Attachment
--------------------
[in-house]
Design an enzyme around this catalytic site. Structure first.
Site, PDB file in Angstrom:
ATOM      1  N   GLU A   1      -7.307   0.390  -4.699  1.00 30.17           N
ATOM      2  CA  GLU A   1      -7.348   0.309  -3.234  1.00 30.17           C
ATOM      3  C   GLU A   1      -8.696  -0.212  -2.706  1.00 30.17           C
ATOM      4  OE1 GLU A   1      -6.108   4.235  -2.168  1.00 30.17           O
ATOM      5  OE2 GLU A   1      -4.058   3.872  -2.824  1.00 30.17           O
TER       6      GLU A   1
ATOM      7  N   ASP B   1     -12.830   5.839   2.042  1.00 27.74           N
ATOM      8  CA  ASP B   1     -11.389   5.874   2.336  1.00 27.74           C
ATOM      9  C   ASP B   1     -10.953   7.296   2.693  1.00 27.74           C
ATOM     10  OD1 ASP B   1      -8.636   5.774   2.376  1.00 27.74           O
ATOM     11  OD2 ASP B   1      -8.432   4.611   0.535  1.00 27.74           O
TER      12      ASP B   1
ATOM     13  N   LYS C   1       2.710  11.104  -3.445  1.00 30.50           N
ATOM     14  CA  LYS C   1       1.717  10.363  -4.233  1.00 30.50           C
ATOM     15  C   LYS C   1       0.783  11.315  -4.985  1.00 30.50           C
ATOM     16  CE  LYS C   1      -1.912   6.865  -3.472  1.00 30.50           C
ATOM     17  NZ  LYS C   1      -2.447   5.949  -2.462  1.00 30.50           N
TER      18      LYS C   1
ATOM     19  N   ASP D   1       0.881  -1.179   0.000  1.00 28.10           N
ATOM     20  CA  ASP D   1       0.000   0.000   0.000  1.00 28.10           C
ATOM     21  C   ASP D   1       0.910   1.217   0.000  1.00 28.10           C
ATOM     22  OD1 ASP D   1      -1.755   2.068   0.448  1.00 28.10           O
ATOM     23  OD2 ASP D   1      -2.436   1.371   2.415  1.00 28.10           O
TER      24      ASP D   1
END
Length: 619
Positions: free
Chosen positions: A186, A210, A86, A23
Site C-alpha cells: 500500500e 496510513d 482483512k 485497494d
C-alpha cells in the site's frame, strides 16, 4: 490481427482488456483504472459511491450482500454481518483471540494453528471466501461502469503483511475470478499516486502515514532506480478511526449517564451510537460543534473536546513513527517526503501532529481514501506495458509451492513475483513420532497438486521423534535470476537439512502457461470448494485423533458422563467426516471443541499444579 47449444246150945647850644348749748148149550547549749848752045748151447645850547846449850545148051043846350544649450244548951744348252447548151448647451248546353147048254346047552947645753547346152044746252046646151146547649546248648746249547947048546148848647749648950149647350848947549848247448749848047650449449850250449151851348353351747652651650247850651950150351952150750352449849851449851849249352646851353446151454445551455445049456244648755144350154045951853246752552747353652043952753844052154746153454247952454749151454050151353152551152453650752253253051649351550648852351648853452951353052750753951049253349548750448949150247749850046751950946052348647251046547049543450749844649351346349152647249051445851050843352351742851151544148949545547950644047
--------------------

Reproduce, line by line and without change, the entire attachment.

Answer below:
[in-house]
Design an enzyme around this catalytic site. Structure first.
Site, PDB file in Angstrom:
ATOM      1  N   GLU A   1      -7.307   0.390  -4.699  1.00 30.17           N
ATOM      2  CA  GLU A   1      -7.348   0.309  -3.234  1.00 30.17           C
ATOM      3  C   GLU A   1      -8.696  -0.212  -2.706  1.00 30.17           C
ATOM      4  OE1 GLU A   1      -6.108   4.235  -2.168  1.00 30.17           O
ATOM      5  OE2 GLU A   1      -4.058   3.872  -2.824  1.00 30.17           O
TER       6      GLU A   1
ATOM      7  N   ASP B   1     -12.830   5.839   2.042  1.00 27.74           N
ATOM      8  CA  ASP B   1     -11.389   5.874   2.336  1.00 27.74           C
ATOM      9  C   ASP B   1     -10.953   7.296   2.693  1.00 27.74           C
ATOM     10  OD1 ASP B   1      -8.636   5.774   2.376  1.00 27.74           O
ATOM     11  OD2 ASP B   1      -8.432   4.611   0.535  1.00 27.74           O
TER      12      ASP B   1
ATOM     13  N   LYS C   1       2.710  11.104  -3.445  1.00 30.50           N
ATOM     14  CA  LYS C   1       1.717  10.363  -4.233  1.00 30.50           C
ATOM     15  C   LYS C   1       0.783  11.315  -4.985  1.00 30.50           C
ATOM     16  CE  LYS C   1      -1.912   6.865  -3.472  1.00 30.50           C
ATOM     17  NZ  LYS C   1      -2.447   5.949  -2.462  1.00 30.50           N
TER      18      LYS C   1
ATOM     19  N   ASP D   1       0.881  -1.179   0.000  1.00 28.10           N
ATOM     20  CA  ASP D   1       0.000   0.000   0.000  1.00 28.10           C
ATOM     21  C   ASP D   1       0.910   1.217   0.000  1.00 28.10           C
ATOM     22  OD1 ASP D   1      -1.755   2.068   0.448  1.00 28.10           O
ATOM     23  OD2 ASP D   1      -2.436   1.371   2.415  1.00 28.10           O
TER      24      ASP D   1
END
Length: 619
Positions: free
Chosen positions: A186, A210, A86, A23
Site C-alpha cells: 500500500e 496510513d 482483512k 485497494d
C-alpha cells in the site's frame, strides 16, 4: 490481427482488456483504472459511491450482500454481518483471540494453528471466501461502469503483511475470478499516486502515514532506480478511526449517564451510537460543534473536546513513527517526503501532529481514501506495458509451492513475483513420532497438486521423534535470476537439512502457461470448494485423533458422563467426516471443541499444579 47449444246150945647850644348749748148149550547549749848752045748151447645850547846449850545148051043846350544649450244548951744348252447548151448647451248546353147048254346047552947645753547346152044746252046646151146547649546248648746249547947048546148848647749648950149647350848947549848247448749848047650449449850250449151851348353351747652651650247850651950150351952150750352449849851449851849249352646851353446151454445551455445049456244648755144350154045951853246752552747353652043952753844052154746153454247952454749151454050151353152551152453650752253253051649351550648852351648853452951353052750753951049253349548750448949150247749850046751950946052348647251046547049543450749844649351346349152647249051445851050843352351742851151544148949545547950644047